• Nicotine nasal spray: This prescription-only nasal spray lets you squirt a quick burst of nicotine into your bloodstream directly through your nose. 

    Side effects of nicotine nasal spray: Irritation to your nose or throat, coughing, watery eyes, sneezing. These side effects usually get better after 1-2 weeks of treatment. Other side effects include headache, nervousness, and a racing heartbeat. These are related to the nicotine, not the spray itself.

Although it’s rare, nicotine overdose is a possible risk. Follow the instructions on each product carefully. If you have symptoms like a fast heartbeat, nausea and vomiting, dizziness, weakness, or a cold sweat, get medical attention right away.

You can also combine some of these options to quit smoking. Doing so may boost your chances of staying off of cigarettes.

You can use long-acting nicotine patches with shorter-acting options (like nicotine gum or lozenges) to help avoid cravings when you feel them coming on. In the morning, you'll put your nicotine patch on, like normal. Then, throughout the day, you can use the other options if needed.

Your doctor may also have different ideas for how you can combine medications to help you quit smoking.

It’s not necessarily for everyone, but if you’re very dependent on nicotine, it may help. You might want to try it if any of these describe your habit:

  • You smoke more than a pack of cigarettes per day.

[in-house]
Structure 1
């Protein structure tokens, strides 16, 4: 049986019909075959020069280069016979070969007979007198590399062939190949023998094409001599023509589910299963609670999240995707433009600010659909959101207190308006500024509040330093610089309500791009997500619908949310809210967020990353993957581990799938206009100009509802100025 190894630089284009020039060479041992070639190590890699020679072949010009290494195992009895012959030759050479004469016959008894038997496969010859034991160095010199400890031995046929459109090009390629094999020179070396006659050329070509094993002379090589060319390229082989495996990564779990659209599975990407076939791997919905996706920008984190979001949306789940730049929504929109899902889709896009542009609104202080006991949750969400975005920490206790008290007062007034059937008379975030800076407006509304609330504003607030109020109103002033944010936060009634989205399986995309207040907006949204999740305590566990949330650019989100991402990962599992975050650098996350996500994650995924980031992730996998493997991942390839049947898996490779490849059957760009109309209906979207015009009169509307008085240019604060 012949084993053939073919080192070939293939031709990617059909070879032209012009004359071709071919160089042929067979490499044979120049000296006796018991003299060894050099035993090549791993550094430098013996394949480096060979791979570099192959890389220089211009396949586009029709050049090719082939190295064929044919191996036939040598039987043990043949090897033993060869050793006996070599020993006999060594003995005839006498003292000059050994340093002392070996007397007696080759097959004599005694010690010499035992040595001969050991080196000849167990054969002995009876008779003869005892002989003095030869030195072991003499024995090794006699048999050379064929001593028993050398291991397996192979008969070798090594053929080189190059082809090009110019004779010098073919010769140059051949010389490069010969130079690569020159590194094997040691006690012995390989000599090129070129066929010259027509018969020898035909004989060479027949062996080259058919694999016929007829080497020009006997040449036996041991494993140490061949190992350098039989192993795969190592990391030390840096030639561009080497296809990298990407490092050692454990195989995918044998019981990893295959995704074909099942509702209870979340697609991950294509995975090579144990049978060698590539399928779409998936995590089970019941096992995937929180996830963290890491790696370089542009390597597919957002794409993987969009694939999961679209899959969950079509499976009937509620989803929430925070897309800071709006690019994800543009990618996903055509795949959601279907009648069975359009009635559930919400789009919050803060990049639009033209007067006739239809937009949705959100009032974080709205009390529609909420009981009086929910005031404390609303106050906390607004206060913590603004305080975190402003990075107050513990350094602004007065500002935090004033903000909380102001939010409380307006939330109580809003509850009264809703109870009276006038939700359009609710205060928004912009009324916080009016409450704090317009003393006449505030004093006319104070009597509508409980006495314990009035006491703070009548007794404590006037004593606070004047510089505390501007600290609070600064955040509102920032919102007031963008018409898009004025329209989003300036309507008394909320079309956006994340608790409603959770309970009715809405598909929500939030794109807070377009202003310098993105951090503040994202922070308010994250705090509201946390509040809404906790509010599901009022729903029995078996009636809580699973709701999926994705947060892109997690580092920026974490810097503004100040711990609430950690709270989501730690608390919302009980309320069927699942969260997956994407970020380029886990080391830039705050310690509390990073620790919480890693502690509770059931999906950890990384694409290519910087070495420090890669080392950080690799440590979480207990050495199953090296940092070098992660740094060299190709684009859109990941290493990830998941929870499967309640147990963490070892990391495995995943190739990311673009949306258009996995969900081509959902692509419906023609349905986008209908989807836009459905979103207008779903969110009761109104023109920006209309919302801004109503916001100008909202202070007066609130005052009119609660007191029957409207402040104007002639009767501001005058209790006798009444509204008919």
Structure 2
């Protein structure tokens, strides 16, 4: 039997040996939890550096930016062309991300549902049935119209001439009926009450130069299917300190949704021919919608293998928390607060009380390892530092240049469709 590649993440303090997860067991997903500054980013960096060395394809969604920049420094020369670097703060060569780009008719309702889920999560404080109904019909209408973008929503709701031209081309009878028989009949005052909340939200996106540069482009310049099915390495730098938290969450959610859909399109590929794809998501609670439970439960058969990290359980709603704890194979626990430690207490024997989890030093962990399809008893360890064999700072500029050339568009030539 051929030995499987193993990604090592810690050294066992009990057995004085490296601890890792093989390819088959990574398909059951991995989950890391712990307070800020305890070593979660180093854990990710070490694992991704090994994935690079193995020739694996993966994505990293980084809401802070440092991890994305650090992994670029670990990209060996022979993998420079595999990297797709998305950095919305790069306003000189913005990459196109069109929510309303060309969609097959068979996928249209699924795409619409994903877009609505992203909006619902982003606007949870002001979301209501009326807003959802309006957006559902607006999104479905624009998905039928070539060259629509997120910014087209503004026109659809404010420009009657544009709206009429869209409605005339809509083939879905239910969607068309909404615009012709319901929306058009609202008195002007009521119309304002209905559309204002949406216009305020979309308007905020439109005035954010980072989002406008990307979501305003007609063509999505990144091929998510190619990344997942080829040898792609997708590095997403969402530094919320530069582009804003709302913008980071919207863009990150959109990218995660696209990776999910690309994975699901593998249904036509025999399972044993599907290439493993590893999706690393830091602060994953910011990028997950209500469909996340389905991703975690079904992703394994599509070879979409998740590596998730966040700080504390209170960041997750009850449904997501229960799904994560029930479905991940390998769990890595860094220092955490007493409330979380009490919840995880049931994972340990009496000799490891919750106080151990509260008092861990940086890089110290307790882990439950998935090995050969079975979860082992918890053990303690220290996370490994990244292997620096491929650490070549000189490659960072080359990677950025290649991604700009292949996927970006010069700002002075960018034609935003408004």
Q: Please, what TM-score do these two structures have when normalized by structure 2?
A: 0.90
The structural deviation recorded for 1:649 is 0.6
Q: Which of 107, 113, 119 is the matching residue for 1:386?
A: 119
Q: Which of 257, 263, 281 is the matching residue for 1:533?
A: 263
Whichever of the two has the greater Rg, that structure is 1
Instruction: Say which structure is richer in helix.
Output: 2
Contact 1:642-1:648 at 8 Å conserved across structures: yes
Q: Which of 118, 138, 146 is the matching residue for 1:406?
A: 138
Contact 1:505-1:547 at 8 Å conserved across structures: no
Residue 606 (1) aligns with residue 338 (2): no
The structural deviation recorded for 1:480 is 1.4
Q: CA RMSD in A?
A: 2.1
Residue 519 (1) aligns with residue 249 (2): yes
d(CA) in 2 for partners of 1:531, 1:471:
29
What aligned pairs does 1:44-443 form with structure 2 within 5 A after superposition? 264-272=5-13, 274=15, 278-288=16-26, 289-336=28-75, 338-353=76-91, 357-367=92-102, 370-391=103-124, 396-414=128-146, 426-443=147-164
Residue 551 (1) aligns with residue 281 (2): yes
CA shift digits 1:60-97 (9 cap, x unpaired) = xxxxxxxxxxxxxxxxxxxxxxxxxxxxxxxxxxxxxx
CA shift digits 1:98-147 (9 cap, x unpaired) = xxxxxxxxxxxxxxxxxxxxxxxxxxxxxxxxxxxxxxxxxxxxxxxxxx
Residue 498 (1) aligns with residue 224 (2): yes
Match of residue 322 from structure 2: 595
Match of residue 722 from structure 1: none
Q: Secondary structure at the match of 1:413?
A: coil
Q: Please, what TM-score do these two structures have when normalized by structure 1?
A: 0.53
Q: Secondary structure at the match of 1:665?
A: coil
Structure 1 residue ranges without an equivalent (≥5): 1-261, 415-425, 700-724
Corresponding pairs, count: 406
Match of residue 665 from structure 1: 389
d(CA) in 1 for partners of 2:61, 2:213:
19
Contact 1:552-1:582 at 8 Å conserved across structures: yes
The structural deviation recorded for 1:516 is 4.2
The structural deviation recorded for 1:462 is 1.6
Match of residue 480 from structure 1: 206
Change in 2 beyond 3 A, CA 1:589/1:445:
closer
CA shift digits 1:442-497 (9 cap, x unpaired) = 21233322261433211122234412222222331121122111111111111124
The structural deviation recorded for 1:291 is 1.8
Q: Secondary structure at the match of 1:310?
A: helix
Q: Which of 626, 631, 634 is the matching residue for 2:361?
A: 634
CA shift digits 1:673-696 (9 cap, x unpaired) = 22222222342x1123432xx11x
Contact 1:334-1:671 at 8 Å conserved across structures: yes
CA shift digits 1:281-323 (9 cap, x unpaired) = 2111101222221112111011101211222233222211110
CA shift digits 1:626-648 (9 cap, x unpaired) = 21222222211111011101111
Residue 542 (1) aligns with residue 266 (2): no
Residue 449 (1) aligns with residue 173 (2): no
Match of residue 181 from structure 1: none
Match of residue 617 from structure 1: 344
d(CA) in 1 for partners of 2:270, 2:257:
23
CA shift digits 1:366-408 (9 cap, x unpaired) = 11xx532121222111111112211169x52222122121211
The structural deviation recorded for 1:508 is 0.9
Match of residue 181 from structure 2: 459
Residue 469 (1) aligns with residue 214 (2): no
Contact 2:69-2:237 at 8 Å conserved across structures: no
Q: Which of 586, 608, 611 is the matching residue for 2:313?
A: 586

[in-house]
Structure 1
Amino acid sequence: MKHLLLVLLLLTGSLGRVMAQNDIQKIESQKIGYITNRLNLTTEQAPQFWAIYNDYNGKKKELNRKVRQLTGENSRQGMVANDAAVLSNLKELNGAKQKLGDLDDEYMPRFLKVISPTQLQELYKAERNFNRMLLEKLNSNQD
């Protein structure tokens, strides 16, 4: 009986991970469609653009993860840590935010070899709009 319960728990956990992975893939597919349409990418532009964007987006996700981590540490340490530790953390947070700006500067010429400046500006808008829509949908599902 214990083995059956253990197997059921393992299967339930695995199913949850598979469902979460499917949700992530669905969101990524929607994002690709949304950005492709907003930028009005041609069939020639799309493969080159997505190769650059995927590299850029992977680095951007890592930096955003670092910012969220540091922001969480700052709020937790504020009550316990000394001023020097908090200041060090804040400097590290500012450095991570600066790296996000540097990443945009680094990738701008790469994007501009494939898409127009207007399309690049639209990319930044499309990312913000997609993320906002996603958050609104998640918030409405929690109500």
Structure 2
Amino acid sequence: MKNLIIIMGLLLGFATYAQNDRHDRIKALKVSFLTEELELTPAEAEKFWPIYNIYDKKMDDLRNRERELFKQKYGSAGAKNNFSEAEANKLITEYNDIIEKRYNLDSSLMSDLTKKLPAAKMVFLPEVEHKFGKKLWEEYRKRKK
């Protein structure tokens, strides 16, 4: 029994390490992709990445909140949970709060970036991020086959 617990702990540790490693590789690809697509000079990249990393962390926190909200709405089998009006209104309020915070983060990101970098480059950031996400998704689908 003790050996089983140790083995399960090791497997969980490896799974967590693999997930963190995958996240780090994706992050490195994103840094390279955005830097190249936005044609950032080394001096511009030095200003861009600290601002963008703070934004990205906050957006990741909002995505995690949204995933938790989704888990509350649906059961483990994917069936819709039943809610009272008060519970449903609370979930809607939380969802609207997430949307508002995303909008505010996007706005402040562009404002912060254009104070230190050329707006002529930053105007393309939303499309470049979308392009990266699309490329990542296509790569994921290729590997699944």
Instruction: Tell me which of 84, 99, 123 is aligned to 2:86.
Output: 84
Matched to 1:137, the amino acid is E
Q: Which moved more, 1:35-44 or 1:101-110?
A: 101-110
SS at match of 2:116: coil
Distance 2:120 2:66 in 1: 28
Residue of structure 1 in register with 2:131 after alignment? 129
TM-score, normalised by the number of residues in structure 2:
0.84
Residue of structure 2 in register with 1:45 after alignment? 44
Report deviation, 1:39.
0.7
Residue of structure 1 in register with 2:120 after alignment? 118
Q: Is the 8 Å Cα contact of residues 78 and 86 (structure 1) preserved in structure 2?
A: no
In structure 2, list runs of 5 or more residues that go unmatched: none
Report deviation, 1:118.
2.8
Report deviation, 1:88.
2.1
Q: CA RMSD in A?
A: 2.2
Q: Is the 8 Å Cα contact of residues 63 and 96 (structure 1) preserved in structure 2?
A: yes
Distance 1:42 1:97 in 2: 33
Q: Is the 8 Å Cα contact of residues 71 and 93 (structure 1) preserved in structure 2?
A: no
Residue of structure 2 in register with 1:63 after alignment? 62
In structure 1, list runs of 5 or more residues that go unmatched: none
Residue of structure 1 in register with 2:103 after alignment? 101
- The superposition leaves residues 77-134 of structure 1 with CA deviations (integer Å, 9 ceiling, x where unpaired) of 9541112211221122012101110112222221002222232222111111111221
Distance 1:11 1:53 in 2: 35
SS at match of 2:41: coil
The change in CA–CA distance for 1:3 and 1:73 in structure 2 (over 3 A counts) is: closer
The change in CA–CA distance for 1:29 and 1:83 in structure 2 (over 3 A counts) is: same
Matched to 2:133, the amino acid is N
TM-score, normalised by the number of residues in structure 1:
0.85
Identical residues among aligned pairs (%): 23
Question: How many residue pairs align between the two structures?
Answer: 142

• You wake during the night to smoke.
  • You light up within a few minutes of waking in the morning.
  • You smoke even when you’re sick.

Some people definitely shouldn’t use nicotine replacement. If you’re pregnant or in your teens, it’s not for you. Also, if you're still smoking or are using other forms of tobacco, you shouldn’t use nicotine replacement therapy. It’s only for people who’ve stopped using those tobacco products.

If you smoke fewer than 10 cigarettes a day, researchers don’t know whether nicotine replacement will help you, since it’s designed for people who use tobacco products heavily.

Studies show that all forms of nicotine replacement therapy can help you quit smoking for good, and can more than double your chance of success. How helpful it is depends on how much more support you get for quitting.

Experts suggest you combine nicotine replacement with other smoking cessation methods like counseling, online programs, self-help guides, or other medications prescribed by your doctor.

What is the most effective nicotine replacement therapy?

The different types of NRTs explained above all work equally well to help you quit smoking. People who combine long-term and short-terms NRTs might have a better outcome when it comes to easing withdrawal symptoms and cravings.

How long after quitting smoking are you considered a nonsmoker?

Right after you quit smoking for good, your body starts to benefit. For example, your heart rate and blood pressure begin to recover just 20 minutes after quitting. 

You're considered a nonsmoker whenever you make the decision to quit. It's different for everyone.

Does nicotine gum cause cancer?

NRTs, like nicotine gum, are safe. Using them won't lead to death and disease the way smoking does. The most harmful things in cigarettes include the many toxic chemicals, which aren't in NRTs, not the nicotine.